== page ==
Payback Period and Discounted Payback Period


#1

Please give an example that explains payback period and discounted payback period. How do we decide whether a project should be undertaken or not based on these methods?


#2

The payback period can be defined as a length of the period required within which the investment/cost is fully recovered by the business/project. This factor plays an important role in determining whether a project should be undertaken or not. It doesn’t take into account the time value of money (TVM) but only accounts for the absolute value of cash flow (Rushinck, 1983). In the equation, it can be referred to as:

Payback period = Cost of project/investment (divided by) Annual Cash Inflow

Considering an example for payback period, let’s assume an organization invested NRs. 5,00,000 in a project. The organization projects to get a return of NRs. 1,25,000 per annum evenly throughout the project cycle. Considering that and using the formula as listed above, we get payback period to be 5,00,000/1,25,000 which equals to 4. That means the organization’s payback period is 4 yrs.

Discounted payback period is same as payback period with a slight difference that it also takes in account the time value of money (TVM). This form of calculation helps also calculate the actual risk involved in the project while considering the time factor to take in account the value of money (Bhandari, 1989). It still fails to consider the cash flow that occurs after the payback is complete even though it’s considered to be a better practice to follow this over payback period. It can be expressed in the equation as:

Discounted payback period = Actual Cash flow / (1+i) ^ n

Considering an example to calculate the discounted payback period, let’s consider that an organization made an investment of NRs. 5,00,000 while it gets 2,00,000 cash flow every year. Considering the discount rate is 12%, the calculation process for the same is as listed below (the values in the bracket are to denote that they represent a negative number):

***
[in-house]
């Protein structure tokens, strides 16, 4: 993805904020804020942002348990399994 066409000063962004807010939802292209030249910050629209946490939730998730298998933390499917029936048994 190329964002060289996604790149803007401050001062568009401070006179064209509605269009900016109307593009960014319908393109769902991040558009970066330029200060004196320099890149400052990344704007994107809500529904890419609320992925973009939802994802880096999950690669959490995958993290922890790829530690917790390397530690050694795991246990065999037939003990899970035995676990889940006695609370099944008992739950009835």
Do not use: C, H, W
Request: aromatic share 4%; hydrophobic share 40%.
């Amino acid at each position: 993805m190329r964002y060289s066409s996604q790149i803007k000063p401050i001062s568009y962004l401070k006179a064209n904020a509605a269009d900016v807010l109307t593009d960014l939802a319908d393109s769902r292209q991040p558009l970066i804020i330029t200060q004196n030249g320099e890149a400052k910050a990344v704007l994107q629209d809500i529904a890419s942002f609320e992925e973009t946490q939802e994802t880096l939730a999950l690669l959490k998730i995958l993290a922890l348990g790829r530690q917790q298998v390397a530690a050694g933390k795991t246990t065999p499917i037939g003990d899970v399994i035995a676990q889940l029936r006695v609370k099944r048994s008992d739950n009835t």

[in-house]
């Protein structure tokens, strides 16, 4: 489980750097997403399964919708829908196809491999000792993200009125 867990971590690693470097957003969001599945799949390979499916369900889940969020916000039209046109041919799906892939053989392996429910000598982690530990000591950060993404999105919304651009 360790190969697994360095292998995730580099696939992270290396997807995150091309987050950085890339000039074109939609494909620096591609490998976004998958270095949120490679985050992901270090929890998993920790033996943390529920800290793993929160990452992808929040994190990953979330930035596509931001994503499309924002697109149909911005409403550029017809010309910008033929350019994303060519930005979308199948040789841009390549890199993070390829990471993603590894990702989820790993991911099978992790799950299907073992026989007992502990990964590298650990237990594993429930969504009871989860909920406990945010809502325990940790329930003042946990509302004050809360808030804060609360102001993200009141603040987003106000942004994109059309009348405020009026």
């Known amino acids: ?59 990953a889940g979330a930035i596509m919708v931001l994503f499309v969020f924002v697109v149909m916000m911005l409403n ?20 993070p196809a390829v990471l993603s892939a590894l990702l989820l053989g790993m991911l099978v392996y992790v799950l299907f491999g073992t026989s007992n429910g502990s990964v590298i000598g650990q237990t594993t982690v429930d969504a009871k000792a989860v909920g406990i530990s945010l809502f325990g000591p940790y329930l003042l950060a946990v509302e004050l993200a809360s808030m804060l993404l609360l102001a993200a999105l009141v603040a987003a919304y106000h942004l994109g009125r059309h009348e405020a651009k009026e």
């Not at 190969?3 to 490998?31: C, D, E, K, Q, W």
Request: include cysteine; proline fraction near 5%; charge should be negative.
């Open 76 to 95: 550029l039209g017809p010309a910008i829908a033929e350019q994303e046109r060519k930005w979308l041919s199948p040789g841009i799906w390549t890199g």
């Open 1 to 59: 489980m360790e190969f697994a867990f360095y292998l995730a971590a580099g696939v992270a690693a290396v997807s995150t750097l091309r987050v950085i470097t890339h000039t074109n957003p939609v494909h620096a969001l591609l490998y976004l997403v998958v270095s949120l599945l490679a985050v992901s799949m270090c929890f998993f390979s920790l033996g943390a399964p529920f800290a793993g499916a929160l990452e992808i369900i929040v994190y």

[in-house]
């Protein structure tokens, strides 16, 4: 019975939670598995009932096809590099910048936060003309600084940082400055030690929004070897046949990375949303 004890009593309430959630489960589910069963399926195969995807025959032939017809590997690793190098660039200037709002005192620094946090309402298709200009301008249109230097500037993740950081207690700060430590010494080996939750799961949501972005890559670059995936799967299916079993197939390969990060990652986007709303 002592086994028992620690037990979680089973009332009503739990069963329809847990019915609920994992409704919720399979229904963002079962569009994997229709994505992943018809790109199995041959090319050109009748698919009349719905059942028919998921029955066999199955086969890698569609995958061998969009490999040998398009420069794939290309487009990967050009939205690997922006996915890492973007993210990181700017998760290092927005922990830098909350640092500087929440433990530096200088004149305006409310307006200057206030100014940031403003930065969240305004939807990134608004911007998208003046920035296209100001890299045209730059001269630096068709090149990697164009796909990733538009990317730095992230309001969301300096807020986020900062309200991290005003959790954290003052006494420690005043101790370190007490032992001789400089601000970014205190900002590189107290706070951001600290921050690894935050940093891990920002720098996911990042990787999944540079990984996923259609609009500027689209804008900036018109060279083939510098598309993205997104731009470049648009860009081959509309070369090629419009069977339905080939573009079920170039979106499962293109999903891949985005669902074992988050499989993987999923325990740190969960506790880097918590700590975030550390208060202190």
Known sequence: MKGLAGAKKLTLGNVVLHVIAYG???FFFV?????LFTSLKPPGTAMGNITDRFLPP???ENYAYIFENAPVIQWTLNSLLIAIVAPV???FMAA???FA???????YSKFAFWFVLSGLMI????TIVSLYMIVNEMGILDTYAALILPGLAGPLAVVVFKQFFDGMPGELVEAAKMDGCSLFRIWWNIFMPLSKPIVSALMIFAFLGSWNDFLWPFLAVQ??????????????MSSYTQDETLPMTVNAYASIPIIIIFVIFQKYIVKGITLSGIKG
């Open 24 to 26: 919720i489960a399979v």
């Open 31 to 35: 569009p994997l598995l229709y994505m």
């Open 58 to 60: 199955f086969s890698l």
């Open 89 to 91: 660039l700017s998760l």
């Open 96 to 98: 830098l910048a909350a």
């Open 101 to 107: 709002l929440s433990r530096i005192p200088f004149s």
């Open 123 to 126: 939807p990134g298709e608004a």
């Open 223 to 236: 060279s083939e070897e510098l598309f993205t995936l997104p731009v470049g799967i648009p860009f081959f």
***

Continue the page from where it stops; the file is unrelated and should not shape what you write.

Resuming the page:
Year (n) Cash flow of the project (CF) Present value (PV) = [1/(1+i)^n] Discounted cash flow (CF*PV) Cumulative value
0 (500000) 1 (500000) (500000)
1 200000 0.89 178000 (322000)
2 200000 0.8 160000 (162000)
3 200000 0.71 142000 (20000)
4 200000 0.64 128000 108000

So, the discounted payback period is 3+ {20000 / (20000+108000)} = 3.16 yrs.

To decide if a project is to be taken or not, the best approach for this would be to look at the projected time horizon that the business intends to hit profitability. If we consider the payback period to be 5 yrs. and the project paid off for it within 4.5 yrs. then it’s considered that the project does generate profit within the set timeframe for the business and should be taken. However, if the project payback period is 6 yrs. but the business wants to hit profitability within 5 yrs. then the project isn’t good and shouldn’t be taken.

Thus, if the payback is positive which simply means that the project payback is less than what the business expects to enter profitability by than that’s a good signal that the project should be considered. The larger the difference (towards a lesser number), the favorable it is and should be considered but if that goes even a fraction above the company’s set target, it’s worth letting it go and not considering.


References

Bhandari, S. (1989). Discounted Payback Period – A Viable Complement to Net Present Value for Projects with Conventional Cash Flows. The Journal Of Cost Analysis , 7 (1), 43-44.

Rushinck, A. (1983). Capital Budgeting Techniques, The Payback Period, The Net Present Value, The Internal Rate of Return and their Computer Applications. Managerial Finance , 9 (1), 11-13.


#3

In an enterprise, an entrepreneur should know the period for the return of the investment done. This information is very important to plan and start the business. The shorter the period of return the more beneficial as it reduces the risk factors. Let us look into two separate methods to calculate the period of return.

Pay Back Period (PBP)

PBP is thus simply the number of years that it will take the business to earn back the amount of initial investment or reach a breakeven point (BEP). This is calculated as total investment divided by the net cash flow of each year until BEP is maintained. For example an initial investment of Rs. 200,000 is done. The expected net cash inflow per year is expected to be Rs. 50,000 then using the formula of total investment divided by the net cash inflow per year we get 4 years.

PBP = Total initial investment / Annual net cash inflow

This means that the investment of Rs. 200,000 with annual net cash inflow of Rs. 50,000 the amount will be earned back in 4 years. This is a simple method that people from all background can calculate and can be used in simple terms. But this method has limitations as it does not consider the time value of money. Therefore a discounted pay back period is used for this purpose.